A Practical Introduction to Transient Execution Attacks
Dr. Michael Schwarz
CISPA Helmholtz Center for Information Security, Saarbrücken, Germany
In 2018, a new field of microarchitectural emerged with the publication of Meltdown and Spectre: Transient execution attacks. While traditional microarchitectural side-channel attacks leak metadata, such as memory access patterns, transient execution attacks leak actual data. Transient execution attacks exploit the microarchitectural side effects of instructions that are executed but never retire, i.e., they do not have an architectural effect. Such transient executions are a result of control- and data-flow mispredictions, as well as out-of-order execution after exceptions.
In this tutorial, we start with the basics of measuring cache effects, an essential building block of transient execution attacks. We start with a simple Flush+Reload covert channel used as the encoding part in all further attacks. Using this encoding, we implement a simple Spectre attack and the original Meltdown attack. From that, we gradually adapt the Meltdown attack, resulting in the ZombieLoad attack. Finally, we invert the Meltdown attack to inject data instead of leaking data, demonstrating Load Value Injection.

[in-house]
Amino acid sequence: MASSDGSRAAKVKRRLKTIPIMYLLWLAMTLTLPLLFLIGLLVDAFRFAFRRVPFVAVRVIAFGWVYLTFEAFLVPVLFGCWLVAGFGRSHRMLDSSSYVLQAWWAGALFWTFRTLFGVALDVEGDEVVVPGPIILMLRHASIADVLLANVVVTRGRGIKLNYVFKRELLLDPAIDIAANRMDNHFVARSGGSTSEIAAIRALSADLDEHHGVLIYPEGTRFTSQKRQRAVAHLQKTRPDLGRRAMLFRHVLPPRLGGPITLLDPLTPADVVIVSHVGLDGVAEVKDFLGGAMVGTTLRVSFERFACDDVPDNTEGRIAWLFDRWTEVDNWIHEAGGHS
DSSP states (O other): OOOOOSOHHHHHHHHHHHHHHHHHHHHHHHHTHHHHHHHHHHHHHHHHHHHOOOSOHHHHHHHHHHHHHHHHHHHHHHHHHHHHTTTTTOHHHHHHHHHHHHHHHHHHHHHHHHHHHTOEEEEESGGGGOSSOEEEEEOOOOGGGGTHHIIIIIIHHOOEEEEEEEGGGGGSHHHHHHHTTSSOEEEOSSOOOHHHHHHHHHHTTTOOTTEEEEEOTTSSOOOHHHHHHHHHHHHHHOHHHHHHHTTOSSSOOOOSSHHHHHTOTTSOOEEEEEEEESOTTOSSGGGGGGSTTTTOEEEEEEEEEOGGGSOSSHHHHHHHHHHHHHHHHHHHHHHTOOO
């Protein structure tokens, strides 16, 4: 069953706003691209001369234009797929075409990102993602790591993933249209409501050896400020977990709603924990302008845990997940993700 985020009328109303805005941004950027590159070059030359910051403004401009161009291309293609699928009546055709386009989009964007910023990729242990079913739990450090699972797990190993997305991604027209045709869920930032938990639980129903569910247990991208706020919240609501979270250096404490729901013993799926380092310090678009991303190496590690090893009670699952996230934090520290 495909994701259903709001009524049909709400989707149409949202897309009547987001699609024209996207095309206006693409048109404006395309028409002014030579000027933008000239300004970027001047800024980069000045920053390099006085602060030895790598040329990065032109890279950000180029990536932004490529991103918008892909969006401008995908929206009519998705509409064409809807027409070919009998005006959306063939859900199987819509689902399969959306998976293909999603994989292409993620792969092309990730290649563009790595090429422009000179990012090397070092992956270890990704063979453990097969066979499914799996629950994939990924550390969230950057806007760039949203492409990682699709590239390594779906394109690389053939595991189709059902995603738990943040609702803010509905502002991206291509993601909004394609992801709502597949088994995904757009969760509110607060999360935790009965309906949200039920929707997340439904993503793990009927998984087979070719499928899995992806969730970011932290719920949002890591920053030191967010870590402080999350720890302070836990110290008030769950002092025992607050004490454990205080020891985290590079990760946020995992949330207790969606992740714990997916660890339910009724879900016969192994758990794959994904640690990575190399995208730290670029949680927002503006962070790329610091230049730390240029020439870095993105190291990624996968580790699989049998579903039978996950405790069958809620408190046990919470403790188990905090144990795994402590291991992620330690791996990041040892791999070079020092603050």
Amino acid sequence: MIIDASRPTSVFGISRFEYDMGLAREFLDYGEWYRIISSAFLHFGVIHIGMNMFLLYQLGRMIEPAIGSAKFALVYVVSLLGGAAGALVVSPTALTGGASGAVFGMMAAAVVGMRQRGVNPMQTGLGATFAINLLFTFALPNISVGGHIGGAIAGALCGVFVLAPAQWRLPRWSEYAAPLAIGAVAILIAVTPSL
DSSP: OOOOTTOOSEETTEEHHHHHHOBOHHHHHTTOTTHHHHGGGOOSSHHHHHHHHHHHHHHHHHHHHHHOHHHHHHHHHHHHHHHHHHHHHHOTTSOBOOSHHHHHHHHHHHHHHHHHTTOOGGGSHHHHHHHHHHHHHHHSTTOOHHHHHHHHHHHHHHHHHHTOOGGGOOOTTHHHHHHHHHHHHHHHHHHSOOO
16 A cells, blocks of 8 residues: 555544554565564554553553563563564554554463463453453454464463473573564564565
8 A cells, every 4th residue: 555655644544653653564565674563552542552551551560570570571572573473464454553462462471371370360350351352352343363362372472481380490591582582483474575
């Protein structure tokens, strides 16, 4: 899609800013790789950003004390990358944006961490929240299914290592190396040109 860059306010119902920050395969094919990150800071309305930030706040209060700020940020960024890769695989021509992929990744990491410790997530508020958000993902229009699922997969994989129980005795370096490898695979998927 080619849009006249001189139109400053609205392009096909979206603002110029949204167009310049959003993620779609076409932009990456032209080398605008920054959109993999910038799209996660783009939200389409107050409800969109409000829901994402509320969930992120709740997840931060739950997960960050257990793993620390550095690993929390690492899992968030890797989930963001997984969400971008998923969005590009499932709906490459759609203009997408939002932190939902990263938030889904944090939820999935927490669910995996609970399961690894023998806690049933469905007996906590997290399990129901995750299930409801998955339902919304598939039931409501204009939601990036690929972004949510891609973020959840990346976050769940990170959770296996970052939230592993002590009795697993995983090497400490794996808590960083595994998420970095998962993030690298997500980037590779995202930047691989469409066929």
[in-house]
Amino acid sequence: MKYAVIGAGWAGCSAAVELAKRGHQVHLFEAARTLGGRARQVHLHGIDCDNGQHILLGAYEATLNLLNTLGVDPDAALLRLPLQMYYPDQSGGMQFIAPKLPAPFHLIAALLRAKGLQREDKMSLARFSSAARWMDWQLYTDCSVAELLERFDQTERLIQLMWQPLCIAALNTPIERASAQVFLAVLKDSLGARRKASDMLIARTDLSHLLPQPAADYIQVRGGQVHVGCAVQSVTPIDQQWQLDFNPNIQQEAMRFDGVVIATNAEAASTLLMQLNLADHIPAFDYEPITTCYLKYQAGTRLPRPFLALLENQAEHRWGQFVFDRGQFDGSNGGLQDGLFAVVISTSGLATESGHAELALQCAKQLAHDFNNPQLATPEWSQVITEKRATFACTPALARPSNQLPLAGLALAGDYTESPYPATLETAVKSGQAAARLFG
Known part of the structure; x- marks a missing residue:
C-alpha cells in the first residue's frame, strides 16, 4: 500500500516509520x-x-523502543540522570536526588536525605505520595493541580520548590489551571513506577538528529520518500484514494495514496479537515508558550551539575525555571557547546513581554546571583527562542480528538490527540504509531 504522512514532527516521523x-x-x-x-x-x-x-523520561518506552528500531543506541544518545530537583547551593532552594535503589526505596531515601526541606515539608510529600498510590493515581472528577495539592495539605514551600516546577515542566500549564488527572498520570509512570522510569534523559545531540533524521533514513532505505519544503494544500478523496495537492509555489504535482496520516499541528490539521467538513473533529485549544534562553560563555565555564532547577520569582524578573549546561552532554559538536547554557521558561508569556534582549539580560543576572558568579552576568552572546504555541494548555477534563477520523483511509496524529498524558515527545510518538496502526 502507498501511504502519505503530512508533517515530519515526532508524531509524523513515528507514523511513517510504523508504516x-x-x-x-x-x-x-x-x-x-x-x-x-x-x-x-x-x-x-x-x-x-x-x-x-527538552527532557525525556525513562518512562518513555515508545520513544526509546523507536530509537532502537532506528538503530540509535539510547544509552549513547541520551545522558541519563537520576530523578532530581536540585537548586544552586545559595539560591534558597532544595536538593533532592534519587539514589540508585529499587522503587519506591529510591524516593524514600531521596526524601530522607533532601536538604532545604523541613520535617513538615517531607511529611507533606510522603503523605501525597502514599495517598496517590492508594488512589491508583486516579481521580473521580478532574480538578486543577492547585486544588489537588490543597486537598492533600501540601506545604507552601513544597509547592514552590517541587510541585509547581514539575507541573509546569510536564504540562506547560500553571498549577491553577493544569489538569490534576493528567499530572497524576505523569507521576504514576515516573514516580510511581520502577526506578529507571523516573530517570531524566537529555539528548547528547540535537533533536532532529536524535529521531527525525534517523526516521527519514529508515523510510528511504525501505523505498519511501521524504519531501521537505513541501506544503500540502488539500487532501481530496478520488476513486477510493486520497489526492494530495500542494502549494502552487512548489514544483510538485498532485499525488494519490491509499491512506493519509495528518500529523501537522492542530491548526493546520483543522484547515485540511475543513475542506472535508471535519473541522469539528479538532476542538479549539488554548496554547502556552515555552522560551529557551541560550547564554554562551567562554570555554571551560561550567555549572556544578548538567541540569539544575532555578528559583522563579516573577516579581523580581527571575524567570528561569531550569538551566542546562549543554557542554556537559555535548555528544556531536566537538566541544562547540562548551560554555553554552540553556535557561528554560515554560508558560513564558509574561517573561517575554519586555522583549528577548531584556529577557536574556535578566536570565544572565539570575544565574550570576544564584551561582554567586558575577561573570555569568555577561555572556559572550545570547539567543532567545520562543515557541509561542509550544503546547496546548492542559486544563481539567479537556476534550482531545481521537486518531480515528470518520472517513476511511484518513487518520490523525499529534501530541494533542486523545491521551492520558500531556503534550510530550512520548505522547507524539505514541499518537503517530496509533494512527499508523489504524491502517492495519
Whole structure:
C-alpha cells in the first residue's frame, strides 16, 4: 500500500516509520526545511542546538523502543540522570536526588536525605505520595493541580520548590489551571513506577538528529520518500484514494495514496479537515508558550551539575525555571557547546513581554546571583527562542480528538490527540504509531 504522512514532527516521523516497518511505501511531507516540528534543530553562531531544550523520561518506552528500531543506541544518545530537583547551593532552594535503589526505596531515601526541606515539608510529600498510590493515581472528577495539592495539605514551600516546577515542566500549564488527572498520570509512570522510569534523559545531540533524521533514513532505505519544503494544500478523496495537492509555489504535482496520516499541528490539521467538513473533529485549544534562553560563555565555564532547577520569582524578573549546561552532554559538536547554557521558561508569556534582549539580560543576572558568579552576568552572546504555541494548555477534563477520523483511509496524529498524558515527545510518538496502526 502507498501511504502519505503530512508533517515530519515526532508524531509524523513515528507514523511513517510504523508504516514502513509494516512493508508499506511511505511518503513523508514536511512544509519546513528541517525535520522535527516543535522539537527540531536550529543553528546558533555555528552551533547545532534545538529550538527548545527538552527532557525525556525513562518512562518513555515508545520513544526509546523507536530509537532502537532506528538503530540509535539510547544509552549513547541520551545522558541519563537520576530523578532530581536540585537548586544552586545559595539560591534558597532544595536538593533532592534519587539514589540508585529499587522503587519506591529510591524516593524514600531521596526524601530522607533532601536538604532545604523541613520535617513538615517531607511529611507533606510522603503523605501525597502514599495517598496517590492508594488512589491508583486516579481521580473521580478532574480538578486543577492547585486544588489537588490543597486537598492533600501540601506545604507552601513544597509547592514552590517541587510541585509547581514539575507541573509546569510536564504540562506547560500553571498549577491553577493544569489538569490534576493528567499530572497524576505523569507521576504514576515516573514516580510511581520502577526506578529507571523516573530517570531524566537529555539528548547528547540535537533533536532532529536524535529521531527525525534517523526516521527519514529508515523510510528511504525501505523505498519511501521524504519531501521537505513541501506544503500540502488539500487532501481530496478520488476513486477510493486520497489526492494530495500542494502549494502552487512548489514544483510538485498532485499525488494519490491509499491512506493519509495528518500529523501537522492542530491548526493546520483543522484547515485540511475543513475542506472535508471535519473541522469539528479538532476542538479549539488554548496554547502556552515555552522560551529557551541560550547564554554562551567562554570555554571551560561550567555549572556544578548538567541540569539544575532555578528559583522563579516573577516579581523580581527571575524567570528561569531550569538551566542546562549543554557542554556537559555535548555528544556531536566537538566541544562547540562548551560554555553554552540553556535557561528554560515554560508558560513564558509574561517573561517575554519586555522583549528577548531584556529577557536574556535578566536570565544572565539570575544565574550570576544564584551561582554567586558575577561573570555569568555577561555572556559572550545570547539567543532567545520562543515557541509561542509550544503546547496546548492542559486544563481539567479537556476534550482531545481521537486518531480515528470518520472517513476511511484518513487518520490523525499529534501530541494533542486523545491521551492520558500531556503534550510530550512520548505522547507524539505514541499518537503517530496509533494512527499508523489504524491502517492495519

is Faculty at the CISPA Helmholtz Center for Information Security in Saarbruecken, Germany, with a focus on microarchitectural side-channel attacks and system security. He obtained his PhD with the title "Software-based Side-Channel Attacks and Defenses in Restricted Environments" in 2019 from Graz University of Technology. He holds two master's degrees, one in computer science and one in software engineering with a strong focus on security. He was part of one of the research teams that found the Meltdown, Spectre, Fallout, LVI, and PLATYPUS vulnerabilities, as well as the ZombieLoad vulnerability. He was also part of the KAISER patch, the basis for Meltdown countermeasures now deployed in every modern operating system under names such as KPTI or KVA Shadow. In the last 5 years, Michael co-authored more than 40 publications, with 19 of them published at tier-1 conferences.